Tu Fawning - Hearts On Hold

An epic, accomplished record.

Portland, Oregon has seen a wealth of new emerging artists with an exciting sound, which this innovative collection of musical stalwarts manages to easily encompass. Half of Tu Fawning comprises of Joe Haege of indie collective 31 Knots and folk fuelled Corinna Repp. Having contributed to each others work, it was only a matter of time that the two would join forces to create a new sound altogether.

In the vein of what may be described as experimental Americana, debut album ‘Hearts On Hold’ neither embraces nor rejects the notion. Instead, the record finds itself plummeting into the depths of otherworldly sounds in the midst of battlefield drums. Opening with ‘Multiply A House’, the sombre tone has an unexpected immediacy, a trait which prevalent throughout. Insistent, yet refusing to be obtrusive, the militant drumming which provides the backbone of this track sets the precedence for much of the album. ‘The Felt Sense’, percussion led, is a more quickly paced affair, incorporated with Repp’s vocals which seem fittingly detached at time. ‘Apples And Oranges’ reverts back to solemn tones, with both Haege and Repp’s vocals intertwining. Piano led with drummed reverberations, this is definitely a highlight (amongst many others). Haege’s pleading, heartfelt tones complement Repp’s sweeping vocals, providing a much needed reflection on part of the listener.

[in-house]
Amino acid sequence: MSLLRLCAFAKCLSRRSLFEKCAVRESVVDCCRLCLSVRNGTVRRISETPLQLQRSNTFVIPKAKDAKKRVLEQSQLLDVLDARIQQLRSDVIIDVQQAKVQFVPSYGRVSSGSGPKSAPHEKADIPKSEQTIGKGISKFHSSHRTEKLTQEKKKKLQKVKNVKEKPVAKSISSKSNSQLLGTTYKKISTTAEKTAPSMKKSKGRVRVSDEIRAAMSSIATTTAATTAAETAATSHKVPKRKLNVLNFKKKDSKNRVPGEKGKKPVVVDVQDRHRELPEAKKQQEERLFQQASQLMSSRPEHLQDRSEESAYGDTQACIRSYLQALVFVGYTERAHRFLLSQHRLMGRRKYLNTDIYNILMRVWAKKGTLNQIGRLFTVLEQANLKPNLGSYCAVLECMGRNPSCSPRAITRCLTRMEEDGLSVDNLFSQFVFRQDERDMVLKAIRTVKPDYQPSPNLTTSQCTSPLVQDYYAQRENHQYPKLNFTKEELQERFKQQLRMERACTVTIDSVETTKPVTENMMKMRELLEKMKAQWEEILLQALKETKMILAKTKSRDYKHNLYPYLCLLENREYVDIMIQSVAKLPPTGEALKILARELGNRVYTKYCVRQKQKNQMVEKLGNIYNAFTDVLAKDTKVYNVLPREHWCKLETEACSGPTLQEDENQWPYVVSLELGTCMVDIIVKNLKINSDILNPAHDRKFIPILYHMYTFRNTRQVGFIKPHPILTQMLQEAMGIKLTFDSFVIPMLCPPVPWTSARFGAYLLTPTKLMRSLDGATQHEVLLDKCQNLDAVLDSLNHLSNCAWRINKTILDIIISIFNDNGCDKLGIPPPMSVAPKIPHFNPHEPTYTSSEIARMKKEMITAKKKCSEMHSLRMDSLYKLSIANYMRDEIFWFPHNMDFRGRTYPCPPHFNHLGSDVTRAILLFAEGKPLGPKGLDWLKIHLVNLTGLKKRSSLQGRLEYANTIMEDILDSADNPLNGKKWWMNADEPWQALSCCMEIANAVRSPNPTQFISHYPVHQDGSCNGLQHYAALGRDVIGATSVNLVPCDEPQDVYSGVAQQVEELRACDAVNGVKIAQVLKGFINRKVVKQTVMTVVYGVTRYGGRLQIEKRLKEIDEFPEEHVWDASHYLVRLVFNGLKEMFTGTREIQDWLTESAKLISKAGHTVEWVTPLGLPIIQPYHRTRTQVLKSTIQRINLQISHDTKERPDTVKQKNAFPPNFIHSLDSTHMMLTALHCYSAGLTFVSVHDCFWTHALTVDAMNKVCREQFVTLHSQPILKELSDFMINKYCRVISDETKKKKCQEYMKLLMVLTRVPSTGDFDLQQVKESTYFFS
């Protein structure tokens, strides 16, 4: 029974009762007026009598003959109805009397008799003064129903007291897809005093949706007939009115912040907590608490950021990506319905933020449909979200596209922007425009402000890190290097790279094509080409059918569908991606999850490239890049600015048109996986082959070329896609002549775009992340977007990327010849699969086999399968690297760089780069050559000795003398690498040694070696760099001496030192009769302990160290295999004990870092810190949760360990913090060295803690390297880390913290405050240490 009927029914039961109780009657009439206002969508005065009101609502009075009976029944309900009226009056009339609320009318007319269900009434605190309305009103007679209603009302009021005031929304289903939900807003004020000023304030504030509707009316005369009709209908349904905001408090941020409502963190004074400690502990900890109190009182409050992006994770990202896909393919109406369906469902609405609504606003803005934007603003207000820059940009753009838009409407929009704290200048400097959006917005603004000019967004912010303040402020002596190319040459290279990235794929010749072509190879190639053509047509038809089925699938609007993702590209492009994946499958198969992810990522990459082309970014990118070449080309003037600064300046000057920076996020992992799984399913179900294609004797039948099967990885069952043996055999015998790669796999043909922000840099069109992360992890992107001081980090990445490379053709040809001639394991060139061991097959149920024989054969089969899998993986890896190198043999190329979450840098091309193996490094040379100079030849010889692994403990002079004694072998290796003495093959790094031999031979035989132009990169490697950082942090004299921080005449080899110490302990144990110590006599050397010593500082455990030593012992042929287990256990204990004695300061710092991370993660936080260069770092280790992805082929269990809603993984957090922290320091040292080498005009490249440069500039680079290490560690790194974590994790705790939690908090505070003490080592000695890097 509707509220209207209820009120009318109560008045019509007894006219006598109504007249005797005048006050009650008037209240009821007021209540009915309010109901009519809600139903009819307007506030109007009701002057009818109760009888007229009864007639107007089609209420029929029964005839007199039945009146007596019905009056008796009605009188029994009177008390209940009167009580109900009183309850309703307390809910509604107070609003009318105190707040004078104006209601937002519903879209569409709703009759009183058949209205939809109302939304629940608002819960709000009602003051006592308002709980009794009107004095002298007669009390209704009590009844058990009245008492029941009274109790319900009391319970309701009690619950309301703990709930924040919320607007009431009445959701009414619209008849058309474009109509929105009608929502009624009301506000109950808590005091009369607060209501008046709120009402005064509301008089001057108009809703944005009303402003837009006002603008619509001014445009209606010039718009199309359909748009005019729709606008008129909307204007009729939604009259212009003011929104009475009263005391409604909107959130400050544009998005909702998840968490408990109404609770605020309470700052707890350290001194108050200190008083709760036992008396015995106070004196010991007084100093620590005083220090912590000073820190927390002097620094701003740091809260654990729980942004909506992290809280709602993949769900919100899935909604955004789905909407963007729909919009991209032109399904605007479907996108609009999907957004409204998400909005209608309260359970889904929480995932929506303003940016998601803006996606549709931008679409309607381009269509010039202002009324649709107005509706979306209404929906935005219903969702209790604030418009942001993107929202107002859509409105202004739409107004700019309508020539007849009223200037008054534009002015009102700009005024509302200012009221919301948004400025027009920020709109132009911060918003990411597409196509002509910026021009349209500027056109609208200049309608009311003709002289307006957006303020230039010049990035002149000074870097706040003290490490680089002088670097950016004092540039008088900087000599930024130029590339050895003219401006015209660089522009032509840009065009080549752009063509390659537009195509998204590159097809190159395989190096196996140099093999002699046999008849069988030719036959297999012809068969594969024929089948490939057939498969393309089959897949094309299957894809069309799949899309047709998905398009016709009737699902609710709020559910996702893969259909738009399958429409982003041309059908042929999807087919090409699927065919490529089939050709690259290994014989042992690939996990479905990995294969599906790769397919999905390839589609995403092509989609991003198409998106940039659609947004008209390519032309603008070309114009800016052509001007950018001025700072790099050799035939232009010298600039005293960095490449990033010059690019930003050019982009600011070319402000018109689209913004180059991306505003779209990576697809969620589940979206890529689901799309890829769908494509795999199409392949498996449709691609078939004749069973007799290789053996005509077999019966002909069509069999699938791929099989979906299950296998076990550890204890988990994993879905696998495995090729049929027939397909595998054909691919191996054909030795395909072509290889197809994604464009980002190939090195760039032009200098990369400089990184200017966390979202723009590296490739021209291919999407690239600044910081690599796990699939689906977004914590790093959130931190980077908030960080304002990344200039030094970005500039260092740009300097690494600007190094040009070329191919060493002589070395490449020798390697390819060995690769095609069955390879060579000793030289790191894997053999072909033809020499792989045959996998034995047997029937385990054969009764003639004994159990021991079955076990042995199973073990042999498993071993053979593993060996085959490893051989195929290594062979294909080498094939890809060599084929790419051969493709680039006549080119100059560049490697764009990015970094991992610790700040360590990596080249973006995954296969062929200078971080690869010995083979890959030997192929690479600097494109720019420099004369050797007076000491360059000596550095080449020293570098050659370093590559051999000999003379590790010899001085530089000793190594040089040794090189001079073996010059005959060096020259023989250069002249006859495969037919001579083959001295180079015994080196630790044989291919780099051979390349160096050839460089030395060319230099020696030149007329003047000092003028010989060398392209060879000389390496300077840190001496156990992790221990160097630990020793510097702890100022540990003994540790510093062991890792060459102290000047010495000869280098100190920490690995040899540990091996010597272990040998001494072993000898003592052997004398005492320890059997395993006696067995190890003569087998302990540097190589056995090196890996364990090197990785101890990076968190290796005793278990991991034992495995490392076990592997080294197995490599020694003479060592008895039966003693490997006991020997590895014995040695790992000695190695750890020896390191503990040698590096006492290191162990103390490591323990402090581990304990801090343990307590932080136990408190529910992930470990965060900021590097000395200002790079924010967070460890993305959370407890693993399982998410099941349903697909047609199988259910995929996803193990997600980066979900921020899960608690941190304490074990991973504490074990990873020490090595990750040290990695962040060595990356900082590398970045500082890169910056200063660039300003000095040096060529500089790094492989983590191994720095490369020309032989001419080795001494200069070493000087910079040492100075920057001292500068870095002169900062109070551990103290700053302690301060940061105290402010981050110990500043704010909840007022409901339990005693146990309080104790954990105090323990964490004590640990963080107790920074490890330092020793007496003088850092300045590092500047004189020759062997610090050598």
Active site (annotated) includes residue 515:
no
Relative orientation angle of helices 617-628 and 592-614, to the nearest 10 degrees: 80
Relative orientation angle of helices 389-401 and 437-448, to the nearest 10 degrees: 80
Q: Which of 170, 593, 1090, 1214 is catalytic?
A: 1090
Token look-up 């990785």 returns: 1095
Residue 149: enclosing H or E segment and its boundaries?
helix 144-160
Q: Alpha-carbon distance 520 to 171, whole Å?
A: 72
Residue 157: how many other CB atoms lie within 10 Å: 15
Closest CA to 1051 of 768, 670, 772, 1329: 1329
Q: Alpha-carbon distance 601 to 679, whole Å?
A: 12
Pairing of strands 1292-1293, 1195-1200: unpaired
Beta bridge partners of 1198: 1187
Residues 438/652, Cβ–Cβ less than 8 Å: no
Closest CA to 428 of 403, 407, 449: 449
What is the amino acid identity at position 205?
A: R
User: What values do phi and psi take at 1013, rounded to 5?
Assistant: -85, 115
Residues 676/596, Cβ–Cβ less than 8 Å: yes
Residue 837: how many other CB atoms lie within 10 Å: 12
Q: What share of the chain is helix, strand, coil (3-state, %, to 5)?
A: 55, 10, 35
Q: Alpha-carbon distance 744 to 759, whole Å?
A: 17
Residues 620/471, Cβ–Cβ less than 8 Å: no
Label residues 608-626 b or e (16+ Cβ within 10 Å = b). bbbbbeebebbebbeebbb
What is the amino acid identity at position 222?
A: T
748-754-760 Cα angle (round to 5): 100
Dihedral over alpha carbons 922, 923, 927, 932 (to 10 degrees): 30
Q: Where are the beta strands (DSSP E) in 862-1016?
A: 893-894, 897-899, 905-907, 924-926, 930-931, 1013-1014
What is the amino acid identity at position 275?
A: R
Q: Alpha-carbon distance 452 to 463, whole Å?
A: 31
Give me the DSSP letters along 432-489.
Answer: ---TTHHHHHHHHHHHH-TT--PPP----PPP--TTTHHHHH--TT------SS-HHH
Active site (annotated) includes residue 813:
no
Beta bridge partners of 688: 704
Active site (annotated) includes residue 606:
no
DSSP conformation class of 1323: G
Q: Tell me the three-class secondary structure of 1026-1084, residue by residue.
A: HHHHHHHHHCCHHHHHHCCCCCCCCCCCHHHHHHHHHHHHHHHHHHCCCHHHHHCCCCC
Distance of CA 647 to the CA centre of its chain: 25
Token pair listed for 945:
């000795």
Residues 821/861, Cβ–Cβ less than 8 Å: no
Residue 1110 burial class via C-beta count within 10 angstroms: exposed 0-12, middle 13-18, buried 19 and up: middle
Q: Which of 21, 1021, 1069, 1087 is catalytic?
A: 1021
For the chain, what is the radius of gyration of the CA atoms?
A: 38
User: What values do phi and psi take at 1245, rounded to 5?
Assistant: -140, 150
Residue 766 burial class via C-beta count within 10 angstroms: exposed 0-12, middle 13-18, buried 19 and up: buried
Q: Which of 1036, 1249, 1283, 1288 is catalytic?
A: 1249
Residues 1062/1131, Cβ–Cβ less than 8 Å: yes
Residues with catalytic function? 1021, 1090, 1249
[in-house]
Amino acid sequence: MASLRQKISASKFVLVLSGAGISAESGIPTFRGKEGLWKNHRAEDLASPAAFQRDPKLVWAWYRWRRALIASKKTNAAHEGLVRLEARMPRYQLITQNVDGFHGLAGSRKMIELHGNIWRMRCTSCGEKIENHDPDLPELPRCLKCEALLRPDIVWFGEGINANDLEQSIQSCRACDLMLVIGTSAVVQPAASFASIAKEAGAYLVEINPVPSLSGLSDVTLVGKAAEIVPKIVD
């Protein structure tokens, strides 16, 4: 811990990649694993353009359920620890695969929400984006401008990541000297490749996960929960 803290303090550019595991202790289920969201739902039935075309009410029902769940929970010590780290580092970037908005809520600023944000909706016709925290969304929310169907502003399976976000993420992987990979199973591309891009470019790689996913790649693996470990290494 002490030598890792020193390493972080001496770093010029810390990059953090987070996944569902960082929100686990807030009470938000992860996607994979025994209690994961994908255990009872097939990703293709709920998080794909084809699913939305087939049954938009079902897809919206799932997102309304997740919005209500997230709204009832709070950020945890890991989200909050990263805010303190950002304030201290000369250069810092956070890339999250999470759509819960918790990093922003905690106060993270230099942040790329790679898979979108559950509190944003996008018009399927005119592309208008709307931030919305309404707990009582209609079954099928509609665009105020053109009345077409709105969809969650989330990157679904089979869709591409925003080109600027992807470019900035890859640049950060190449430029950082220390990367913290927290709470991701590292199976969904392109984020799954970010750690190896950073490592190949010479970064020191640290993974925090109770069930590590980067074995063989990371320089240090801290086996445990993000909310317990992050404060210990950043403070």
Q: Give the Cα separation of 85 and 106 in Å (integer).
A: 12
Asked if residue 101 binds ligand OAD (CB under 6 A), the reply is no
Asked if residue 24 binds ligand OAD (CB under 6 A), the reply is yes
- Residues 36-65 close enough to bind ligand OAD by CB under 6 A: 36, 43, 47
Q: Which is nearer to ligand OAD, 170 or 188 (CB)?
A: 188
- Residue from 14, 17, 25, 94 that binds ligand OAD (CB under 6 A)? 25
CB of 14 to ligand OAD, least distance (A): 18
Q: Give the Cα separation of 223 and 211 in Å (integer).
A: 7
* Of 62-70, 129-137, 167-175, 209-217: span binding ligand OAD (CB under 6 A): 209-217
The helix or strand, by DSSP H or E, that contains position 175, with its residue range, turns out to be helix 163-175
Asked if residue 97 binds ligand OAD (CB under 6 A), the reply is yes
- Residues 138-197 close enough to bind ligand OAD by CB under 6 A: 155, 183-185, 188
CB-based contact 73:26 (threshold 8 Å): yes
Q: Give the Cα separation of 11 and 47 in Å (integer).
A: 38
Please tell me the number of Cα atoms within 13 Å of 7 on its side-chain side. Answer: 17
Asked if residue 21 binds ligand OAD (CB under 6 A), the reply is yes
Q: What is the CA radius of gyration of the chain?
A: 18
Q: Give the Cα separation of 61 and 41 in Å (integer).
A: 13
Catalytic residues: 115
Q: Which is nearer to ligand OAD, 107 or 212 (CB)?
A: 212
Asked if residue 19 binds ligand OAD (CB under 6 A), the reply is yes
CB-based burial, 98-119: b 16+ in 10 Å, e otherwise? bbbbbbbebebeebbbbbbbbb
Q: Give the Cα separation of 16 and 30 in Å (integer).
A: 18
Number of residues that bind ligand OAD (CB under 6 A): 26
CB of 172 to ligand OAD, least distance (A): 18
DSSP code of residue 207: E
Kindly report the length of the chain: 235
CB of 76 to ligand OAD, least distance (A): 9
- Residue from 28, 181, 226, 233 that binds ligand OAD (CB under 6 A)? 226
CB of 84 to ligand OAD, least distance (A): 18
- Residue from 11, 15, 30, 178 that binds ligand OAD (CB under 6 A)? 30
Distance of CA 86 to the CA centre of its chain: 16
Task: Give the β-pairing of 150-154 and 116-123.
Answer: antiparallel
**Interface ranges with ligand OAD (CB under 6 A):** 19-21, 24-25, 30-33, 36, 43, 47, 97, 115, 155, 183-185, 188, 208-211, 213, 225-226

‘Just Too Much’ picks up on where ‘Apples And Oranges’ leaves off. Driven by the soft rhythm, it gives the record the right touch of pace and momentum at the right time without veering too far away from the unhurried stylistic endeavours of other tracks. Slipping back into a folksier territory, it conjures up images of small town America - one can envision it being the soundtrack to films such as Juno or Garden State. A cliché, but a sweet one at that. Songs such as ‘Diamond In The Forest’ and ‘I Know You Know’ would not be out of place at a Victorian music hall or accompany a haunting silent film. The eeriness serves to, the quirky sounds and inflections transporting us through an audio time warp.

It can be said that all stories are essentially the same, and songs of love and life are inevitable in almost all lyrics as human emotion proves. It is how the story unfolds where the strength of this record lie, whether it be hypnotic tales of love and even warnings of not letting a man be your ‘Sad Story’. Penultimate track ‘Lonely Nights’ takes time to reach its juncture. Horn fused and drummed reverbs (a clear characteristic), it builds from quiet peculiarity to culminating infusing guitar and trumpets before slowly diffusing out.

Organs, horns, piano, drums and even guitar, the vast multi-instrumental approach has led to an epic, accomplished record. If you are a fan of the separate work of previous work by the group, then you will be pleasantly surprised at the route taken. And if you are equally unaware, you most definitely will not be disappointed.

Tags: Tu Fawning, Reviews, Album Reviews

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